Gabriel told Mary that her son would be called the Son of God because He was conceived in her womb by the power of the Holy Spirit. When the angel said that He would be called ‘the Son of God’, that was more than a title; it was a description of who Jesus was. God was His Father.What does that mean when we say that God was the Father of Jesus?
In John 5 there is story of when Jesus healed a man on the Sabbath. Afterwards the Jewish leaders rebuked Him for doing this. To them, healing someone was a form of work and any type of work was forbidden on the Sabbath. When they asked Jesus why He had healed on the Sabbath, He told them that He did so because ‘His Father was always working.’ (see John 5:17) Now here’s the real important part.The Bible that when claimed that God was His Father, He was saying that He was equal with God. The Bible says –
“For this reason they tried all the more to kill him; not only was he breaking the Sabbath, but he was even calling God his own Father, making himself equal with God.” (John 5:18)
2) Yet Jesus Did Not Demand to be Glorified as God
Philippians 2:6 Though he was God, he did not think of equality with God as something to cling to.
The phrase ‘cling to’ means to hold on to something for selfish gain. The NIV says – “…did not consider equality with God something to be used to his own advantage.”
3) Instead, He Willfully Laid Aside His Divine Privileges and Became a Humble Slave
Philippians 2:7 Instead, he gave up his divine privileges; he took the humble position of a slave and was born as a human being.
The best illustration of this is when Jesus washed the disciples’ feet. The Bible says that He laid aside His outer garments, and then He took a towel and a basin and began to wash their feet. Jesus, who was their Master, did what a common slave would do.
That’s what it means for the Son of God to have clothed Himself in humanity. Jesus laid aside his kingly garments in order that He might clothe Himself with humanity.
4) Jesus Did This So That He Might Die for Our Sins
Philippians 2:8 …he humbled himself in obedience to God and died a criminal’s death on a cross.
Jesus would have still been the Savior even if He hadn’t been born in a stable, yet He chose the stable as a symbol of how He was willing to save anyone who would come to Him. Jesus placed Himself at the very bottom of the list so that everyone would know that through Him they can find forgiveness.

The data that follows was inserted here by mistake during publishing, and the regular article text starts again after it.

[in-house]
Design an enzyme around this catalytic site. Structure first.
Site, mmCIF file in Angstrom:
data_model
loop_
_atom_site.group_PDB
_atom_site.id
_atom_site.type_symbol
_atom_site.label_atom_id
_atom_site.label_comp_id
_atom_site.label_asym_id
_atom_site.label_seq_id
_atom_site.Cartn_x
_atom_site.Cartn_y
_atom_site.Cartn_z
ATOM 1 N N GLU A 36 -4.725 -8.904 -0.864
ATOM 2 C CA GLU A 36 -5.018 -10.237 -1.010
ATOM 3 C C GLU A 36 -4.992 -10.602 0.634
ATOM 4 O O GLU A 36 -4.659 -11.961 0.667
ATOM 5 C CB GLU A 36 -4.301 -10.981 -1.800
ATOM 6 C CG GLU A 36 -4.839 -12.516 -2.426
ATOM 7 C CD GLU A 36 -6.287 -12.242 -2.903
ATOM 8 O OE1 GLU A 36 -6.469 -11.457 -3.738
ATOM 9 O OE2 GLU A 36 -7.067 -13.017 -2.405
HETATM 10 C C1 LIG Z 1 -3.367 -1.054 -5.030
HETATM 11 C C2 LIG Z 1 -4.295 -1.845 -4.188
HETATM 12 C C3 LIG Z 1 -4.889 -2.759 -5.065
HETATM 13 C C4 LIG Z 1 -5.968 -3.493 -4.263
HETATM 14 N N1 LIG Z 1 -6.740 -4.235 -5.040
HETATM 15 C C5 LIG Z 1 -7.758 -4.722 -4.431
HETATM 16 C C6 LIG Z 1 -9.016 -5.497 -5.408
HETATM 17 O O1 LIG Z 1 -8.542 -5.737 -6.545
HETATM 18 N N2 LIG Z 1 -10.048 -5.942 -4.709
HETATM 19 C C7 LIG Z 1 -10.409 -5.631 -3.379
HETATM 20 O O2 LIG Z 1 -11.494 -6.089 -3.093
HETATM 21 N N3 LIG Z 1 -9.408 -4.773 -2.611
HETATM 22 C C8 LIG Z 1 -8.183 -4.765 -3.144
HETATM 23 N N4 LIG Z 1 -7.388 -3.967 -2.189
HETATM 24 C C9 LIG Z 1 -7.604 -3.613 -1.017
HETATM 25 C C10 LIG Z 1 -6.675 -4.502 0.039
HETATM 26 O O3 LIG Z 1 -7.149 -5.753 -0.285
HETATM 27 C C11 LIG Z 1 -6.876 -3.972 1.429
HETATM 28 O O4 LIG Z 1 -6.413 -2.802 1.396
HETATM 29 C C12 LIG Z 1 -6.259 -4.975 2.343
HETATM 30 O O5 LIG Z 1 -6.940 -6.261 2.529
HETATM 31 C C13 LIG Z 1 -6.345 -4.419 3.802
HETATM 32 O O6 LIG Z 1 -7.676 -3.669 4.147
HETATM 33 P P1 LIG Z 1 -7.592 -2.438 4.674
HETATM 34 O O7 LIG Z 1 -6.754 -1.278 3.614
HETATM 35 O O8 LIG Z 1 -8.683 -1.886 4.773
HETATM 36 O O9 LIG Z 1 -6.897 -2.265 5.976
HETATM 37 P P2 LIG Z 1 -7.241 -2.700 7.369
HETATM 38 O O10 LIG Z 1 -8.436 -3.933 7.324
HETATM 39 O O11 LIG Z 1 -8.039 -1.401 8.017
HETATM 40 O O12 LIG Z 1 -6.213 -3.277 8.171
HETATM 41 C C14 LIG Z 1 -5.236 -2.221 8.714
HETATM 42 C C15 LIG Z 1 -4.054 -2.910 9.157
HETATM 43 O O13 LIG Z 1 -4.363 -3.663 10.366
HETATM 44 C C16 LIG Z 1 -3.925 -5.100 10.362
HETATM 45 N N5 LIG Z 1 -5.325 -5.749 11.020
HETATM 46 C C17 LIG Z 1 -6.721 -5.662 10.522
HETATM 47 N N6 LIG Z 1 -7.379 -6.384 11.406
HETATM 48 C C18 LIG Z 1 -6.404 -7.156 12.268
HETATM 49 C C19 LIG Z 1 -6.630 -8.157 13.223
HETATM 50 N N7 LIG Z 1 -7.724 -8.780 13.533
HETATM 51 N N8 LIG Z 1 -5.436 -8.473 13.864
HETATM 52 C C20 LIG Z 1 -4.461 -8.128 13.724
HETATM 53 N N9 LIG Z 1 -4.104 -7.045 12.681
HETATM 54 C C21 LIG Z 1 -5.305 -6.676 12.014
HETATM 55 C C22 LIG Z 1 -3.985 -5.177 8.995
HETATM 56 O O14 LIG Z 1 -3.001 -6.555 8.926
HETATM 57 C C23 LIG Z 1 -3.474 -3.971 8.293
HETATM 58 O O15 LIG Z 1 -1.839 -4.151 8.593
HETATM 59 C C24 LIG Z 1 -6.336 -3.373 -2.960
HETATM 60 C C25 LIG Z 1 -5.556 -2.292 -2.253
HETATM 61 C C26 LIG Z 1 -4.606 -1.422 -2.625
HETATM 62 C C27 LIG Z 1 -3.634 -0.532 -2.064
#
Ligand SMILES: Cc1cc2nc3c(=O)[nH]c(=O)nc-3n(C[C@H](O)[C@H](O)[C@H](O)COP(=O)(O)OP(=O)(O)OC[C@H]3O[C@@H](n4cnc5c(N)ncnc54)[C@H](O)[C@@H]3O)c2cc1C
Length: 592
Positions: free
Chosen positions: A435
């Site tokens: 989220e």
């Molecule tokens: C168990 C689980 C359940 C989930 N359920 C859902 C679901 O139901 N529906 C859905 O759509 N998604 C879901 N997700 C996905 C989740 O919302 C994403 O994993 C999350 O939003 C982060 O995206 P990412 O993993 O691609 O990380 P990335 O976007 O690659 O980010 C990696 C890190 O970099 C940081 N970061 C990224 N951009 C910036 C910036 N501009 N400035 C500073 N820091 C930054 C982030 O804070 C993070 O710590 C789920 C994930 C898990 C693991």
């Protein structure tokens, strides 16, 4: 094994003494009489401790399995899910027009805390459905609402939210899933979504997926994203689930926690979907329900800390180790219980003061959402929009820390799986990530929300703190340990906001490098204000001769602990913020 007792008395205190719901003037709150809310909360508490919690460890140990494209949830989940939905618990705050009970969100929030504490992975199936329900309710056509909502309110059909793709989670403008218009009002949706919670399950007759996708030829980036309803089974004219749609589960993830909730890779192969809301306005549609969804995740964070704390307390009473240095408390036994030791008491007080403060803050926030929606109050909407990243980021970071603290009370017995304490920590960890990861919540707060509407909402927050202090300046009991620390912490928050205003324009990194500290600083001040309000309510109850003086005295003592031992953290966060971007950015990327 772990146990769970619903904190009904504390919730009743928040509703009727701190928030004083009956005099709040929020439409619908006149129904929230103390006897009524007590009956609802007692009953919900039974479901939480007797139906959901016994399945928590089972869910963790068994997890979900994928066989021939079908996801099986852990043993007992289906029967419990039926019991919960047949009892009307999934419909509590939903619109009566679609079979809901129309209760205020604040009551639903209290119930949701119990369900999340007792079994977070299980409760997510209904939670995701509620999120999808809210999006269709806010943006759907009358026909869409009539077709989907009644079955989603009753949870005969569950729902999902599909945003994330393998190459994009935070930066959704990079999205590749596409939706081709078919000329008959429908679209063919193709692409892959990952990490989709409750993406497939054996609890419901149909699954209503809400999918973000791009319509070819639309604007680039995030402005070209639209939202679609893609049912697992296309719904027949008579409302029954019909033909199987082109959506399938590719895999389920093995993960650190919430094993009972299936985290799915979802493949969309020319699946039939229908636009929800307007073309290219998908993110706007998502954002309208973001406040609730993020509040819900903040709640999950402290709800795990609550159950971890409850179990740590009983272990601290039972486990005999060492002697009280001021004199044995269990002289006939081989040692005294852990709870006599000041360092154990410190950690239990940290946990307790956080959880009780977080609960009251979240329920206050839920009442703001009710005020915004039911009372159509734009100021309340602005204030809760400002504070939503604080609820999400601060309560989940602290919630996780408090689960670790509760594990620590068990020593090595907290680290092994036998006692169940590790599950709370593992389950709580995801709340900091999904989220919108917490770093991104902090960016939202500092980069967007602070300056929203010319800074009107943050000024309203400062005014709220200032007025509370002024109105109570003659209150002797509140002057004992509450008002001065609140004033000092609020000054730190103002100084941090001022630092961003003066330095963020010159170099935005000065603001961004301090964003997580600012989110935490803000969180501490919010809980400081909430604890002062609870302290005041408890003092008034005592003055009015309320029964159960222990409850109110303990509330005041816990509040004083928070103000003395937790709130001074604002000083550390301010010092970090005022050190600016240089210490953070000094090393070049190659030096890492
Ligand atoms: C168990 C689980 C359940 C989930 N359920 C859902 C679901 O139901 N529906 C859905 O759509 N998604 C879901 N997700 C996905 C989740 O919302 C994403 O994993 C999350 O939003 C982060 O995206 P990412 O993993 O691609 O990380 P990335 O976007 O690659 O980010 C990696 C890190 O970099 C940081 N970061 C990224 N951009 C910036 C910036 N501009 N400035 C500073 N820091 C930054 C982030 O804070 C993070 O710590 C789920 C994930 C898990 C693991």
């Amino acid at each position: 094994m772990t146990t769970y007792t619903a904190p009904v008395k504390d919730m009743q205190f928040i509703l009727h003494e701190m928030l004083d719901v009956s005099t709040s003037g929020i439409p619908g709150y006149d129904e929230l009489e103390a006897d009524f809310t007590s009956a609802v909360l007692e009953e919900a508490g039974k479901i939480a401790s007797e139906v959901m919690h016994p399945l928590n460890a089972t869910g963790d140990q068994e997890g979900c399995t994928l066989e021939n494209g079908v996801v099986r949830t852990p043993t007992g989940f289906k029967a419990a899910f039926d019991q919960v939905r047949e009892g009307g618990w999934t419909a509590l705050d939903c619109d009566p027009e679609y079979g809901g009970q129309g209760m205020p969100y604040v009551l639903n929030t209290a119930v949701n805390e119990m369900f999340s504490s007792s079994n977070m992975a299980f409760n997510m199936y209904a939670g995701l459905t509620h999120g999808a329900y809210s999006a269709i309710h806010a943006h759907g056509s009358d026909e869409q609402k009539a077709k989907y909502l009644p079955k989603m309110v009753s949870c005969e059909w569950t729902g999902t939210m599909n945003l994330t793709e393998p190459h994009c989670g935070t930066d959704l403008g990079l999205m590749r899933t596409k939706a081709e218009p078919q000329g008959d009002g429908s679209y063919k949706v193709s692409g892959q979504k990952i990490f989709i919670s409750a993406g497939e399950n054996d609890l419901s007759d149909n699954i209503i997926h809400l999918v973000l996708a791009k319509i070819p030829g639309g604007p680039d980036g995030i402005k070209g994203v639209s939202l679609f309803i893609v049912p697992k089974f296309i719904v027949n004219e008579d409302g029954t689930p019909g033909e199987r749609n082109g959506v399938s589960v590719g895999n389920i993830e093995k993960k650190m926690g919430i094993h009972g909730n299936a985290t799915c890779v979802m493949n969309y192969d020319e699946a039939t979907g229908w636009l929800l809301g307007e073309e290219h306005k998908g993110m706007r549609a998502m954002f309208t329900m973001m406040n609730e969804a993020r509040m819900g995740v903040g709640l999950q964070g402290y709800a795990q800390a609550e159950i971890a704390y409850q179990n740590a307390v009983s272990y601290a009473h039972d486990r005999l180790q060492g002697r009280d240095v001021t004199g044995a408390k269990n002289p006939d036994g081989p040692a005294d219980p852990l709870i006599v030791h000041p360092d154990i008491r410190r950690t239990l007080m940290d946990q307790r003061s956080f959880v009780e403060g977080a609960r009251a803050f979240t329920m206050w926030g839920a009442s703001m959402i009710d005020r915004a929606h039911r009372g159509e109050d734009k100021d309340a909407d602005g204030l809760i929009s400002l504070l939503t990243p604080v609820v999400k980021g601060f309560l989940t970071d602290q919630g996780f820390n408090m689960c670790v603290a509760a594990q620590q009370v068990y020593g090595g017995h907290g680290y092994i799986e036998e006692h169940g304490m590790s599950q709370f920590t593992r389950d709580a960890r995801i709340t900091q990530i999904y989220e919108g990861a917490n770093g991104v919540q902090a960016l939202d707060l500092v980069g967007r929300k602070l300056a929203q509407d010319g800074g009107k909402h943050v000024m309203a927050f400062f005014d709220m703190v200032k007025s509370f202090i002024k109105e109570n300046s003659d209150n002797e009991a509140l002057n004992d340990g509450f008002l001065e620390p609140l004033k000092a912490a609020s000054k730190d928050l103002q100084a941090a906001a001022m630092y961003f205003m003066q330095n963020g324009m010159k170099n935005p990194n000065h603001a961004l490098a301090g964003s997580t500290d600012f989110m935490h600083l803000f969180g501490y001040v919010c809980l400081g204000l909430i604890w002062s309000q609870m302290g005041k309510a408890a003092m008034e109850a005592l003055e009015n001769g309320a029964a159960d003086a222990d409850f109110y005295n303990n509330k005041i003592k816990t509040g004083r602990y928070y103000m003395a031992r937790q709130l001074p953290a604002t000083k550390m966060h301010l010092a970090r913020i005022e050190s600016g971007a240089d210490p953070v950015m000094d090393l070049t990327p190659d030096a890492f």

Not only does the stable symbolize this, but so do the shepherds. The Bible says –
Luke 2:8 And there were in the same country shepherds abiding in the field, keeping watch over their flock by night. 9 And, lo, the angel of the Lord came upon them, and the glory of the Lord shone round about them: and they were sore afraid.
I. The Angels Find the Shepherds
We have the tendency to romanticize a lot of the Christmas story. We make the stable nice and neat with all the animals carefully arranged. We place Mary and Joseph on bended knee around the manger filled with golden hay. We even make the shepherds look good.
Yet it was probably very different. The stable was not much more than a lean-to shack and the animals probably weren’t as quiet as congenial as we would like to think. What about the shepherds? Who were they?
Historians tell us that shepherds were probably the last people on earth you would want to visit you in the maternity ward. They were dirty, poorly educated, and crude. Shepherds were uncouth.Though many of them were responsible to care for the sheep that would eventually be sacrificed in the temple, shepherds were not allowed to come near the temple. To put it in more modern terms, many churches wouldn’t allow shepherds to come through their door. Certainly many Christians wouldn’t be eager to scoot over and offer these smelly men a seat. And yet, these were the ones to whom God sent His angels.
Luke 2:10 And the angel said unto them, Fear not: for, behold, I bring you good tidings of great joy, which shall be to all people. 11 For unto you is born this day in the city of David a Saviour, which is Christ the Lord.
A. The Angel’s Presence
Most people in the Bible were pretty overwhelmed whenever they saw an angel. The phrase ‘sore afraid’ means that they were terrified. Perhaps you will remember how John tried to fall down and worship an angel before he was told that he shouldn’t.
The Bible says that this angel was clothed in the glory of God. Some say that he was glowed with the Shekinah Glory. Take a moment and try to visualize all this scene. Here were common shepherds, huddled around a campfire in the dark of the night, and suddenly a glowing angel stands before them.
B. The Angel’s Patience
Luke 2:10 And the angel said unto them, Fear not: for, behold, I bring you good tidings of great joy, which shall be to all people. 11 For unto you is born this day in the city of David a Saviour, which is Christ the Lord. 12 And this shall be a sign unto you; Ye shall find the babe wrapped in swaddling clothes, lying in a manger.